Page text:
Scooby-Doo! Betrayal at Mystery Mansion is a tabletop game that will take you and your kids on an adventure in and around a haunted location where the gang must solve a mystery. This game accommodates 3 to 5 players, and with a minor tweak in the rules, you can figure out a way to play with two players – more on that to come! Let’s dive into why this game earns the win for my kids and why it’s a big hit for Scooby-Doo fans.
This haunted tabletop game is a semi-cooperative game where members of Mystery Inc. must search different areas of the board in search of clues and items, in the hopes of finding enough useful items to help them when the monster appears later in the game. This happens when each player decides if they’re going to reveal an “Inside” or “Outside” tile, which then gets connected to its associated region on the table. Each inside and outside region has wonderfully designed elements, from secret passageways, doors, or pathways connecting to other locations, and additional actions that can help or hurt the player who discovered that room or location.
Scooby-Doo! Betrayal at Mystery Mansion is a game that does require a learning curve, where there are multiple instructional guides to fully grasp all of the elements within. That being said, my kids have seriously enjoyed diving into this game. There hasn’t been a gaming session that lasted less than 2 hours, but one way to break that up is to divide and conquer the playtime. This game has two phases; the initial phase allows all players to search around the mansion, discovering new places and useful tools to help defeat the monster, while the second phase is “The Haunt.”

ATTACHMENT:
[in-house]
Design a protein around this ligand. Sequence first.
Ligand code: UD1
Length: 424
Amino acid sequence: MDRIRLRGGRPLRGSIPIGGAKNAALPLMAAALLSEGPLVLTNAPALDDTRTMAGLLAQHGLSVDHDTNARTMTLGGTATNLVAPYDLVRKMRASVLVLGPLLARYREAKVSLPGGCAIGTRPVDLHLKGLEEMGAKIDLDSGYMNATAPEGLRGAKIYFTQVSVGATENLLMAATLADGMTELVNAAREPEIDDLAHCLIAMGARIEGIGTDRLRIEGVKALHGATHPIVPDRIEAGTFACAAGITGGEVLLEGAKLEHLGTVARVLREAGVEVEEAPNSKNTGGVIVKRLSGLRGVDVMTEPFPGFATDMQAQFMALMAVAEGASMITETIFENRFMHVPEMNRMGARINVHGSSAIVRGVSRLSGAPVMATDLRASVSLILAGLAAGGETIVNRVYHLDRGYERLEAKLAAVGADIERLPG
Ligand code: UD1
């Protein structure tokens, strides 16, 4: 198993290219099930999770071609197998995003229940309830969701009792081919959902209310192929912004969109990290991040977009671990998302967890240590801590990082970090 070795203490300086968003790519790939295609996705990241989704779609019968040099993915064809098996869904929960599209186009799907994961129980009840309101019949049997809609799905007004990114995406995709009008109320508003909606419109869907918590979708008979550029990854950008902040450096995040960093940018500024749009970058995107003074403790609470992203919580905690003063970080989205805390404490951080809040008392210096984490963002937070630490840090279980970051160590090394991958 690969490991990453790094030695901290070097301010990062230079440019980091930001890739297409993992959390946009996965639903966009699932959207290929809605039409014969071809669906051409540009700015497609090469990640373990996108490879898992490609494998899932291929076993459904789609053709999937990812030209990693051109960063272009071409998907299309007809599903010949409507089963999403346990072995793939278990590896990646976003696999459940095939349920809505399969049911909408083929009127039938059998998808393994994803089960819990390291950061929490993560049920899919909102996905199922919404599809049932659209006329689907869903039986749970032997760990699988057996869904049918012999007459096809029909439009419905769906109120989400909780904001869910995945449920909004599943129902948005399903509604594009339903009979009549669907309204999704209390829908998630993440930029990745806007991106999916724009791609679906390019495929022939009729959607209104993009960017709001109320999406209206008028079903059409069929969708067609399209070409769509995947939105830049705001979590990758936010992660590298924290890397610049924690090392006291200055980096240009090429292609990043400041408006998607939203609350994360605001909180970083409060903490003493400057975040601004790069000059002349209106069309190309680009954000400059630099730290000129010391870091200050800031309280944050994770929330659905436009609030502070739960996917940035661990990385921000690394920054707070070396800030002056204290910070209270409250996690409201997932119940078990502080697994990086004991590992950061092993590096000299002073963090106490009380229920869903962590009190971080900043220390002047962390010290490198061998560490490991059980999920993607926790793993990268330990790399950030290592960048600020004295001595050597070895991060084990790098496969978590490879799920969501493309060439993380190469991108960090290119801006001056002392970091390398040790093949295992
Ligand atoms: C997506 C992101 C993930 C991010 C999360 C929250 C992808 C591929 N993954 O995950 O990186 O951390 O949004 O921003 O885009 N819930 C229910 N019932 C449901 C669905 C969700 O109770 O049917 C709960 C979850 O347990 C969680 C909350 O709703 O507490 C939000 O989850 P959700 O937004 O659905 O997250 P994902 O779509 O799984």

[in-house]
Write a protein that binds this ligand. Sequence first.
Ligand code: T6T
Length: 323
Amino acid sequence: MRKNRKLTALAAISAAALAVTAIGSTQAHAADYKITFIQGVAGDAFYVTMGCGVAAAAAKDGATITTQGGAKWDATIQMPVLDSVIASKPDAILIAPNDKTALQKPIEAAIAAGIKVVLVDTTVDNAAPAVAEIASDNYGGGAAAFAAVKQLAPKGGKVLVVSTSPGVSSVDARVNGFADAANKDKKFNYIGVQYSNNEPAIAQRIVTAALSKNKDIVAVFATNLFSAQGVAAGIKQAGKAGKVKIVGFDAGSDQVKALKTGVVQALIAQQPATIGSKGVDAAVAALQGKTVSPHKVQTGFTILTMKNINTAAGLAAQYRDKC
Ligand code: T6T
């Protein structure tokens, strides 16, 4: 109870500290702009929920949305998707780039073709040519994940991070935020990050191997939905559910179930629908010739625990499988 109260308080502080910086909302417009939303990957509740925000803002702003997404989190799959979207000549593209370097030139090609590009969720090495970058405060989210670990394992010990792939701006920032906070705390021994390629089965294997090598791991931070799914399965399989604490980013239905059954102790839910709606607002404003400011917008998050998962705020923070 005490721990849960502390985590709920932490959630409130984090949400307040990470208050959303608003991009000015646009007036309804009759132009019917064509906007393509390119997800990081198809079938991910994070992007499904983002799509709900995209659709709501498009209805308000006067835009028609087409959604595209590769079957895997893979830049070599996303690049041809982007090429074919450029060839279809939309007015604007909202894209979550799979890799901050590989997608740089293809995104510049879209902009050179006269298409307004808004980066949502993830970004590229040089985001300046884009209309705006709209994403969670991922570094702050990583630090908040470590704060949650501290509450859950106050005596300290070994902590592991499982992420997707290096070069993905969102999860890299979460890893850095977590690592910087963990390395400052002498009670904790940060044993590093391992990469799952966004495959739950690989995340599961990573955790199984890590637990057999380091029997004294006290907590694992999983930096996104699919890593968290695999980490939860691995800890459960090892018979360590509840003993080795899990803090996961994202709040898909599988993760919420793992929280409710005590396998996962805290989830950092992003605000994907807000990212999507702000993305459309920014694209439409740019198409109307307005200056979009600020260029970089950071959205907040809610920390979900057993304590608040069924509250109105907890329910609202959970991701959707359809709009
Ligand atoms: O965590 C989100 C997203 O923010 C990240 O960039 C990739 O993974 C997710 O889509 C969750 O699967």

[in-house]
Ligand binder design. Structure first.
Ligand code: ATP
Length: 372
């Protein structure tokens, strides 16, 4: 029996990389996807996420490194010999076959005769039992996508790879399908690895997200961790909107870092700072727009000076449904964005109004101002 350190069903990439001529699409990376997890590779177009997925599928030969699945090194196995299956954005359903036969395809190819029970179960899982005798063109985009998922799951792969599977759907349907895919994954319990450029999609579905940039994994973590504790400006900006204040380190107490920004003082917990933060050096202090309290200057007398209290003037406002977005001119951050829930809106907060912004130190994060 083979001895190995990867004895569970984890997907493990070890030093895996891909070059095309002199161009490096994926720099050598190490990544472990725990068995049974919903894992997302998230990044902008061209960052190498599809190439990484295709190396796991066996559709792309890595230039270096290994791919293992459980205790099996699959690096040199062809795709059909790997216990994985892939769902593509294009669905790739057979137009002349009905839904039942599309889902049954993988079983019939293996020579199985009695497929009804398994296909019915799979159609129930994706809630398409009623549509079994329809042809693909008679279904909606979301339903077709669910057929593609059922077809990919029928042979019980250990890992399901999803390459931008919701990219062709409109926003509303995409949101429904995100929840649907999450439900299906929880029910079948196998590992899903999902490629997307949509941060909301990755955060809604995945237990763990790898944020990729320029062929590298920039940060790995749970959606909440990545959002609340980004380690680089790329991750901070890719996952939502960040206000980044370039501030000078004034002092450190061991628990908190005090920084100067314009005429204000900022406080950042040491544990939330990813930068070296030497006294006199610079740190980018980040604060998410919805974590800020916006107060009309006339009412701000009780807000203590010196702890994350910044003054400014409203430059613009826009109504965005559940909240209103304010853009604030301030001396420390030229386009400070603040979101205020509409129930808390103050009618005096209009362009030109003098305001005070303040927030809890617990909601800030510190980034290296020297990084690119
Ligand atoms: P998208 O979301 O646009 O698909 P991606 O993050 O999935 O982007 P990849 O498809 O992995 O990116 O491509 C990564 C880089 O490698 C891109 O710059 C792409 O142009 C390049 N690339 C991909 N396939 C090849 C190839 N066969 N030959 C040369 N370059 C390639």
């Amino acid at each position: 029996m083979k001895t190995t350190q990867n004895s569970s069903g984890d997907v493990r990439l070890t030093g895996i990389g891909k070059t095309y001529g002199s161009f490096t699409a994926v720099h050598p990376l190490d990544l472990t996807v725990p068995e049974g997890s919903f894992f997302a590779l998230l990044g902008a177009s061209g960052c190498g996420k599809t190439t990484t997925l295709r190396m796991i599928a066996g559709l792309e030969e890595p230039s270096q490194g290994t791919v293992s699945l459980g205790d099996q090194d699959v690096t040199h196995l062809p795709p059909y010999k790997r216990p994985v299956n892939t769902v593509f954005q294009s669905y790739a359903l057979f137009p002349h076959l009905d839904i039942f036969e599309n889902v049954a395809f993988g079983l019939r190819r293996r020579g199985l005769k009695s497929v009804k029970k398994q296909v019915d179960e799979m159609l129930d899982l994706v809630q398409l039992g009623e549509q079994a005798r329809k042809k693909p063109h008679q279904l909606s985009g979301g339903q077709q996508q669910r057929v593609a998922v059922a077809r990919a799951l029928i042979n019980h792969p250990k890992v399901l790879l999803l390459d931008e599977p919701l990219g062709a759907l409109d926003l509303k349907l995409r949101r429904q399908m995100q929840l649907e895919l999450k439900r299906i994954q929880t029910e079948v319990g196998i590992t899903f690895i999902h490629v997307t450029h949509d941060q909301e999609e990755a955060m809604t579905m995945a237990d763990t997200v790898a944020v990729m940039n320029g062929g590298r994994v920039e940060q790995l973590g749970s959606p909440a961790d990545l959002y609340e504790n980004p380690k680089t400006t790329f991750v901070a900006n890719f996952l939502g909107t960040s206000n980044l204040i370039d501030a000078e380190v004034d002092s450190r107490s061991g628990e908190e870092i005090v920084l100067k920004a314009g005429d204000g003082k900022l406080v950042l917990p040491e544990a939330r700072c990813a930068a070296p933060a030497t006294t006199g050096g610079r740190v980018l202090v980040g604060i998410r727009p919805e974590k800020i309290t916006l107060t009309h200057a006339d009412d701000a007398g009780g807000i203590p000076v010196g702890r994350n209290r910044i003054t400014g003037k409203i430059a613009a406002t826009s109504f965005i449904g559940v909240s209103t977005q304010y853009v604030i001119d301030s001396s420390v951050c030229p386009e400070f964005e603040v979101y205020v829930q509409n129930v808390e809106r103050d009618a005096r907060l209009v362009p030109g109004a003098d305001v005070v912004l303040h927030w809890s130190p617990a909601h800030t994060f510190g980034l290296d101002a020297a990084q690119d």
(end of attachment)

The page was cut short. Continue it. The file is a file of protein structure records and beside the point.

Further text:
This second (Haunt) phase is where the cooperative game turns semi-cooperative, as one member of the Mystery gang gets “lost” and replaced by the monster. That’s right – one player goes from wanting to solve the mystery to the villain who wants to foil the plans of those “meddling kids.” So, if you or your kids need a break, I recommend pausing once the second phase begins, or simply have your kids share when they need a movement break away from the table. For example: We have left the game on our dinner table overnight to complete the next day.
Game Mechanics for Scooby-Doo! Betrayal at Mystery Mansion
Scooby-Doo! Betrayal at Mystery Mansion requires a bit of setup before playing, because there are a lot of components that go into this game box. There are player pieces, sets of playing cards, various tiles that construct the area in and around the mansion, dice, and many tokens, including Scooby snacks that allow players to reroll a die during their turns.
Players are each given a specific strength associated with abilities: speed, might, courage, and brains. Depending on the circumstance, the number associated with your ability determines how many dice you get to roll. This is especially important when facing the monster, because you’ll always want to roll higher than the spooky creature. More dice means a better chance at rolling a higher number!